> You are reducing genetic diversity and therefore *possibly* weakening the
> species as a whole.
This is an argument as weak as all the stated thread by collecting. If
nature and especially amphibians and fish were that sensitive to losses of
"genetic diversity" by loss of single or few specimen there would have been
no species development at all as we face it. Amphibians and fish are known
to be very stable against inbreeding even when bred in genetic lines. Mostly
every species can be inbred for many, many generations without affecting its
health or prolificy. Even mammals als the white Ory antilope were based on
just a dozen specimen left and have raised to herds of hundreds without
significant problems. Or see the Bison. It must have been extirpated if
genetic diversity was that narrow as you state it. With amphibians like
hellbenders it is obviously even less problematic.
> There is much that humans don't know about population
> dynamics and that is why I vote for erring on the side of caution and not
> allowing just anyone who thinks they know what they are doing to keep the
> species. Unfortunately, it is reactive and not proactive, but that is a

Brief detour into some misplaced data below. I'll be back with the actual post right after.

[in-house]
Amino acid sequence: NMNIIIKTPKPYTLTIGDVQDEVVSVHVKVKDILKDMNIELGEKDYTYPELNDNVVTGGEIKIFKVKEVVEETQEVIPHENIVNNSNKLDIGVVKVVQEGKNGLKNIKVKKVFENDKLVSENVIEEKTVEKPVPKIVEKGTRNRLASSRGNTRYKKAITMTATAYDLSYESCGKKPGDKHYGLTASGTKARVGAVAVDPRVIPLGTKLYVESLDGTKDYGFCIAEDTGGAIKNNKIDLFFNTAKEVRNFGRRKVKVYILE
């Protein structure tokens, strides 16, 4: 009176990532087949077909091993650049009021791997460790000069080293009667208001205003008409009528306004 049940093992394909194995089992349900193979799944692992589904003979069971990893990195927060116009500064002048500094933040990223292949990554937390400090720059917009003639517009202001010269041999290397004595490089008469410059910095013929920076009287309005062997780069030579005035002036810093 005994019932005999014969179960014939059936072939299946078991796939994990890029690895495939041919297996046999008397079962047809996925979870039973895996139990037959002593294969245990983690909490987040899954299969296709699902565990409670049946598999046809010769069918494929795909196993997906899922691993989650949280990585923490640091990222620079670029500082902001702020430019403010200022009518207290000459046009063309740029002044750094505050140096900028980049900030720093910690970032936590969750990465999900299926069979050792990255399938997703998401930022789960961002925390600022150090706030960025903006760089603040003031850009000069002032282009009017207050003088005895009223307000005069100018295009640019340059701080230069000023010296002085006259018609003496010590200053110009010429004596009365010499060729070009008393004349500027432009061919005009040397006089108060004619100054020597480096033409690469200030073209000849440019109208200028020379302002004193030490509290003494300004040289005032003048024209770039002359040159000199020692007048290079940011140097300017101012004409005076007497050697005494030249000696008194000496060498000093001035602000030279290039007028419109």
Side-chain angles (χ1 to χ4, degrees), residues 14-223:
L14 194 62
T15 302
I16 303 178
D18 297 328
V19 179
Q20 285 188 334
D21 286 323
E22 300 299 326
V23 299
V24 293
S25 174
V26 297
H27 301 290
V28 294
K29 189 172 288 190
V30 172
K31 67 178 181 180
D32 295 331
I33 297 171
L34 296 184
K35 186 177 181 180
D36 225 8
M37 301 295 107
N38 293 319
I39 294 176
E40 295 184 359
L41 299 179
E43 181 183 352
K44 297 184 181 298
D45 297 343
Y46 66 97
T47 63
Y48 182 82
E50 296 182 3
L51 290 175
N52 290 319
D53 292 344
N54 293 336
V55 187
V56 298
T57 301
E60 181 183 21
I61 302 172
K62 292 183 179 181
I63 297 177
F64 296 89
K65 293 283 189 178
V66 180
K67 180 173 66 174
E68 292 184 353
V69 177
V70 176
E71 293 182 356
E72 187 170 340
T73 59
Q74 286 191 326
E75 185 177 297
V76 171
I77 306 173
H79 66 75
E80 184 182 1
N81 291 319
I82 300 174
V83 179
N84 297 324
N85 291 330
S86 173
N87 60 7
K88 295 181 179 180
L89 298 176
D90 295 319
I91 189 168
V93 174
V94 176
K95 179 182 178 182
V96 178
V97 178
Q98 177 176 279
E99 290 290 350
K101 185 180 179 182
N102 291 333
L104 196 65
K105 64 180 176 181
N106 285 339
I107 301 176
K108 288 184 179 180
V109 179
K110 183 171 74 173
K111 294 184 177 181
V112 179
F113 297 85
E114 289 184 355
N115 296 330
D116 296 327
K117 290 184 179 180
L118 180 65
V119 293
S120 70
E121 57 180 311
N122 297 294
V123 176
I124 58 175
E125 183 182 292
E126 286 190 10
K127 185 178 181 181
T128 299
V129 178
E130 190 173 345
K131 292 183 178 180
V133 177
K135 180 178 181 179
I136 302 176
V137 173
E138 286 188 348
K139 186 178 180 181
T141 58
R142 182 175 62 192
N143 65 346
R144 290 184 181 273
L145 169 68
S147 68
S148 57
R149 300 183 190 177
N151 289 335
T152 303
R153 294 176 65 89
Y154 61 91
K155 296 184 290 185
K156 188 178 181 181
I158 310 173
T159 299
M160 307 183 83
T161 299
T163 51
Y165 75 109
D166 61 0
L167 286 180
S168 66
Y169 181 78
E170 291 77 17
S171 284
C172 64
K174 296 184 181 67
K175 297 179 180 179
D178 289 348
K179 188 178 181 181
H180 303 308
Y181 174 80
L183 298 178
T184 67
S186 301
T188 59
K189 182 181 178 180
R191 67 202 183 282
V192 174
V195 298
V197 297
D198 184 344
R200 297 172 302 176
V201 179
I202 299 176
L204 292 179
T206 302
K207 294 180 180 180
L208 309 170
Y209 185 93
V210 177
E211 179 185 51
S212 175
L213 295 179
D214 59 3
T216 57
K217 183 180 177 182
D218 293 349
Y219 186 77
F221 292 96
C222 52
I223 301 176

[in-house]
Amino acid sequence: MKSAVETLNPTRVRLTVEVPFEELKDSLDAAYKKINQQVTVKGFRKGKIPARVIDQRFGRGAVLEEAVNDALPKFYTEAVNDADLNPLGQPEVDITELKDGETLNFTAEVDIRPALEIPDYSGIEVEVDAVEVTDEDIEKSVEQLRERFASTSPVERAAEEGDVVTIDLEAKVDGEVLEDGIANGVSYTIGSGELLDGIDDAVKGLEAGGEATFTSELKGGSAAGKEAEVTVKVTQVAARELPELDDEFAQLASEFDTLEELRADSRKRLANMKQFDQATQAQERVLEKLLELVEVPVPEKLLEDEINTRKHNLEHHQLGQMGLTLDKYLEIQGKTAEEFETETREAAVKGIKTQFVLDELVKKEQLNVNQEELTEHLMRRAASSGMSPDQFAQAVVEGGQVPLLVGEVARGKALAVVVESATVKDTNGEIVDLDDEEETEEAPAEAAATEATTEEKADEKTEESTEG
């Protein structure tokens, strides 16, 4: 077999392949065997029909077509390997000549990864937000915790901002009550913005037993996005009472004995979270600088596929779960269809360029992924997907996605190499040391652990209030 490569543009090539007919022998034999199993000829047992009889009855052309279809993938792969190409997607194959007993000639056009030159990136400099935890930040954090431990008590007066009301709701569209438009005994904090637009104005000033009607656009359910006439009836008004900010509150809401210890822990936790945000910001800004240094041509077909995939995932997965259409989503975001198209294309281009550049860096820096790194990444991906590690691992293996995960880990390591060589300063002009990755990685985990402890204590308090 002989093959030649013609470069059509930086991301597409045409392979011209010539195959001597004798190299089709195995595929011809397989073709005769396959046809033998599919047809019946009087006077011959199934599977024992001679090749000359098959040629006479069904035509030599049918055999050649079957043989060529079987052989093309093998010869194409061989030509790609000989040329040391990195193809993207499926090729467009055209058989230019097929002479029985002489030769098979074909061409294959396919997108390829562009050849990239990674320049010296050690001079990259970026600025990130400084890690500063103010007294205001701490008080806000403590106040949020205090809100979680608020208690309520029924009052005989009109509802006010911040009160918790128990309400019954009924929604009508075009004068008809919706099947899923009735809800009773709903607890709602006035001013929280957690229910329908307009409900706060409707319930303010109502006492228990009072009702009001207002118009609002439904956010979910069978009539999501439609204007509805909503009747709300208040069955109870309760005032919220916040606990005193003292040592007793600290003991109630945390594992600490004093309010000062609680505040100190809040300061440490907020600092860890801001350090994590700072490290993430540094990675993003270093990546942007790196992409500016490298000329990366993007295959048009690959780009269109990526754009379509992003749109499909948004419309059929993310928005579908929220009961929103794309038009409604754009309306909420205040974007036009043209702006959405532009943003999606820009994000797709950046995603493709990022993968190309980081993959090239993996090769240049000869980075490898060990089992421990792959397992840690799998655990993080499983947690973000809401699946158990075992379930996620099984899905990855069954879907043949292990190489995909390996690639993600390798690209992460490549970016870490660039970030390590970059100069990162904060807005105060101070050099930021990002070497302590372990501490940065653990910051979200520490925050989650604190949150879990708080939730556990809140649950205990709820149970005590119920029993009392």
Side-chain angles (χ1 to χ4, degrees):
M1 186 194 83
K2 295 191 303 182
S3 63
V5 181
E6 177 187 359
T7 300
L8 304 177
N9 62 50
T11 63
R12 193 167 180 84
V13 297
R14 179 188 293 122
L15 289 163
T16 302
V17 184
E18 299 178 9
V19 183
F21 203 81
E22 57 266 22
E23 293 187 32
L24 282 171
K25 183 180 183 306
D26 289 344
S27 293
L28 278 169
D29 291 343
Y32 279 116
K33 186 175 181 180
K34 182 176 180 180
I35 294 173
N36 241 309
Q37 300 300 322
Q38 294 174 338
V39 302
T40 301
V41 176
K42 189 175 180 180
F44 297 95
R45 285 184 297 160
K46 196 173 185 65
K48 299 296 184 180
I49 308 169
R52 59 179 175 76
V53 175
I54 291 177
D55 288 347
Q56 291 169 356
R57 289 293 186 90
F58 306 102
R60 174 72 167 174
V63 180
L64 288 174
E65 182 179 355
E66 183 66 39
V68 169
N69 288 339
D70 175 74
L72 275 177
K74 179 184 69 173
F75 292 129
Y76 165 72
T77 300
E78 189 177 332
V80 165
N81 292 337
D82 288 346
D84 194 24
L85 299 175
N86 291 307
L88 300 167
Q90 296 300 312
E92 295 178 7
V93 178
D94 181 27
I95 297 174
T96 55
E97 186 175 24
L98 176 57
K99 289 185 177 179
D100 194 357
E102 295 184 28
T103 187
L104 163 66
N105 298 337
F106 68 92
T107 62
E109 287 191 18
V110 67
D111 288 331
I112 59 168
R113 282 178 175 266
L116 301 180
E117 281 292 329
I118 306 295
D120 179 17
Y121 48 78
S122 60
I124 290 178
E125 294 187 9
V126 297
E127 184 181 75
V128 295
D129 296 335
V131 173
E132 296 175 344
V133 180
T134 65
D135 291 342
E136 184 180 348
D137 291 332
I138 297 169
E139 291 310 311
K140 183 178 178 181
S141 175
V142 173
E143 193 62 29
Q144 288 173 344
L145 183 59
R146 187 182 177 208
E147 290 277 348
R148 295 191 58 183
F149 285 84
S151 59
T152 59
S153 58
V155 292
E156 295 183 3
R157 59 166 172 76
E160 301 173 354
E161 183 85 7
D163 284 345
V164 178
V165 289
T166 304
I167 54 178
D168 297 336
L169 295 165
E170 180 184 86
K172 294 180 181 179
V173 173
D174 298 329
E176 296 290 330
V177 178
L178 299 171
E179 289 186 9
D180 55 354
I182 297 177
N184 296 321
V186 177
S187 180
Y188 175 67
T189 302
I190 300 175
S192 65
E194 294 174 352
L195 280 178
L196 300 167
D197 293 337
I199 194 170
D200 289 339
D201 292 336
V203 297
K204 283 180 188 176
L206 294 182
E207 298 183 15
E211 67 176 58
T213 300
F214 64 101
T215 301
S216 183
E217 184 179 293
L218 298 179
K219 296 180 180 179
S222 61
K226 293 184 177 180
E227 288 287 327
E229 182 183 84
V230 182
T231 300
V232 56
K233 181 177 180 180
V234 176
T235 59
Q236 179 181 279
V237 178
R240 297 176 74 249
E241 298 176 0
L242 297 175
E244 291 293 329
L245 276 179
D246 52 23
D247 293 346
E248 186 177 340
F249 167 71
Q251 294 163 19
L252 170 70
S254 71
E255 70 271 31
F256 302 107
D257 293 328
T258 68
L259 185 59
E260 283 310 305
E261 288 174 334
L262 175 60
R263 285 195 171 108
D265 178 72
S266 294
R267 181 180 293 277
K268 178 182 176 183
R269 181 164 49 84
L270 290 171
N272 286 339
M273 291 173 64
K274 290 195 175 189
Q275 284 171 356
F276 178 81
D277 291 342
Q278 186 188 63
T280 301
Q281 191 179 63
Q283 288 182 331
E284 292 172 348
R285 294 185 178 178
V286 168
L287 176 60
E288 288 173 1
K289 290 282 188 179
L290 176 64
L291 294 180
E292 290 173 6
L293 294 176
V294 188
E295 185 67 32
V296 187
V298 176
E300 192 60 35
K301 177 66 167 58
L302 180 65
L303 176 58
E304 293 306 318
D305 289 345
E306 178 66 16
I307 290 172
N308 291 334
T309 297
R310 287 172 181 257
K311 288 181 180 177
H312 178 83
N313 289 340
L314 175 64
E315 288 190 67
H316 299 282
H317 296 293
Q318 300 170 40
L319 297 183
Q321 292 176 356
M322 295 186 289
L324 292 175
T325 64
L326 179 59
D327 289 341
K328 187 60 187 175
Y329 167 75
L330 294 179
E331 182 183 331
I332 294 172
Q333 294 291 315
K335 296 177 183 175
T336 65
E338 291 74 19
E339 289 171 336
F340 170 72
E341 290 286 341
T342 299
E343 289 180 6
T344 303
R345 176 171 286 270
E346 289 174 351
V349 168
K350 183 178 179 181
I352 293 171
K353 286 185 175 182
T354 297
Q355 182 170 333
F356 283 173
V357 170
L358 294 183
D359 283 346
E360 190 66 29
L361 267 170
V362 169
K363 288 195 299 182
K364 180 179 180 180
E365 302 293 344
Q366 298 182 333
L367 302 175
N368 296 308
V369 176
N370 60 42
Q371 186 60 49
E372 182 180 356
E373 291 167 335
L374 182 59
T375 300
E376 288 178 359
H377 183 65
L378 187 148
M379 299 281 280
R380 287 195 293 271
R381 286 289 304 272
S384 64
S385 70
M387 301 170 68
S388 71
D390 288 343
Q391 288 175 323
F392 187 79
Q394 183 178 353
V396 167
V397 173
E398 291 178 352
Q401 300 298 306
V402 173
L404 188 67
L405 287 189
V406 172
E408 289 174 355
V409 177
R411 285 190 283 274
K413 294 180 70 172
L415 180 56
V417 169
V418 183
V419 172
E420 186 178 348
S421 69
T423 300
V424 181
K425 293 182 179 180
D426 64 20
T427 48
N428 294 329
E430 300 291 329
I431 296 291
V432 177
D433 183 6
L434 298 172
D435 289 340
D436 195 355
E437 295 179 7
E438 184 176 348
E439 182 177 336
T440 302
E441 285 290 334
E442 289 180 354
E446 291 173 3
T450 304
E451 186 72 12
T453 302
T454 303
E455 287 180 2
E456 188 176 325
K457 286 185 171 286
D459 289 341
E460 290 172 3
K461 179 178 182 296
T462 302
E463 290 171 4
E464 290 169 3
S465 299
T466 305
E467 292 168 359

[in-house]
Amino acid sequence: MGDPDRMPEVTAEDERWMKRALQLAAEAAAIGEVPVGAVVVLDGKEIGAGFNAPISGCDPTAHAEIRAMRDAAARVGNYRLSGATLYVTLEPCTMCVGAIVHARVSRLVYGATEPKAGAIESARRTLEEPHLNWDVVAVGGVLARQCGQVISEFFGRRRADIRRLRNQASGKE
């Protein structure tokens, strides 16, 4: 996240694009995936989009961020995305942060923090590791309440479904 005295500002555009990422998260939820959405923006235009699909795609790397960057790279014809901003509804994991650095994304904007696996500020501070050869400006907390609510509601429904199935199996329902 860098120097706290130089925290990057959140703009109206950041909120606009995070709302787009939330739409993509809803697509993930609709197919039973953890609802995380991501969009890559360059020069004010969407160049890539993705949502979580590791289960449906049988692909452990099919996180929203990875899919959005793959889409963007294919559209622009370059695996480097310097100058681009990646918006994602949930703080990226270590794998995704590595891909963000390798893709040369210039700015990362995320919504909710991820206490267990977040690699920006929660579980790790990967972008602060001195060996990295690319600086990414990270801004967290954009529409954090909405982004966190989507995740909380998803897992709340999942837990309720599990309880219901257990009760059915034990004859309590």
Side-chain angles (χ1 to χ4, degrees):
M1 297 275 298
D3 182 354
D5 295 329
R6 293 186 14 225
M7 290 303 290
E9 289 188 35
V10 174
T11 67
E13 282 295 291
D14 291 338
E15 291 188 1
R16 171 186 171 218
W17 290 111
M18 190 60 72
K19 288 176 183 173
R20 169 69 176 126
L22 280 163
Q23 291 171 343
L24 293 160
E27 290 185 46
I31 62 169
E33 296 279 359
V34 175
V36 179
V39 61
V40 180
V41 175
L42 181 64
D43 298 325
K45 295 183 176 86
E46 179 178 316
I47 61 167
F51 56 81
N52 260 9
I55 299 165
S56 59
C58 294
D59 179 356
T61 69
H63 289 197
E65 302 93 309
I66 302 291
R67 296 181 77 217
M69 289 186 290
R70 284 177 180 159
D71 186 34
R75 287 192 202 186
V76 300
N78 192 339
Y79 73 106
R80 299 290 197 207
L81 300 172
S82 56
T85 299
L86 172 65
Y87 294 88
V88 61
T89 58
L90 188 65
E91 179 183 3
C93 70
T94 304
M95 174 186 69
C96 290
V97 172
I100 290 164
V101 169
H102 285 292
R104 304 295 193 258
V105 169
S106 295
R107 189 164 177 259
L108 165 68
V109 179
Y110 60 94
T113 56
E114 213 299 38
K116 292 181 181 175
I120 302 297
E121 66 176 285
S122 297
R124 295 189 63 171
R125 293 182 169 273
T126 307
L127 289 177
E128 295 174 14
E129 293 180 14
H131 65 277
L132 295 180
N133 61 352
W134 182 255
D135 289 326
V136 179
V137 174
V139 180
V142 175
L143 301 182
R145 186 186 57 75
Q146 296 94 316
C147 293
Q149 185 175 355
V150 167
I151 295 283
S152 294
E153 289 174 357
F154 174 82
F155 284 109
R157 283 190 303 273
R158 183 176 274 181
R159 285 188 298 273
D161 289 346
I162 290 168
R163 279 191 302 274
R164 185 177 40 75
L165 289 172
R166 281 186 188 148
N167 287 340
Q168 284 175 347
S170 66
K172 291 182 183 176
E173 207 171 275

> whole other thread ;).
I agree, we are just at start of knowing what is really going on. My point
is that the cautionous survive but the risky people take us further. We can
look at the species we have with tears in our eyes and see them die off and
be aware we "were on the side of caution" or try to get into it by taking
the "risk" of using a limited number for research. And the latter is being
done now with hellbenders. And I am aware that our past behaviour has caused
this reaction as we missed to be proactive for too long. Still time to
change this. Mere conservatism will not work in the long run.
As you proposed I suggest we close this thread as everything for now has
been said. It was great, I like controvers discussions. Hope I didn4t upset
anybody by my statements which just reflected my personal oppinion.
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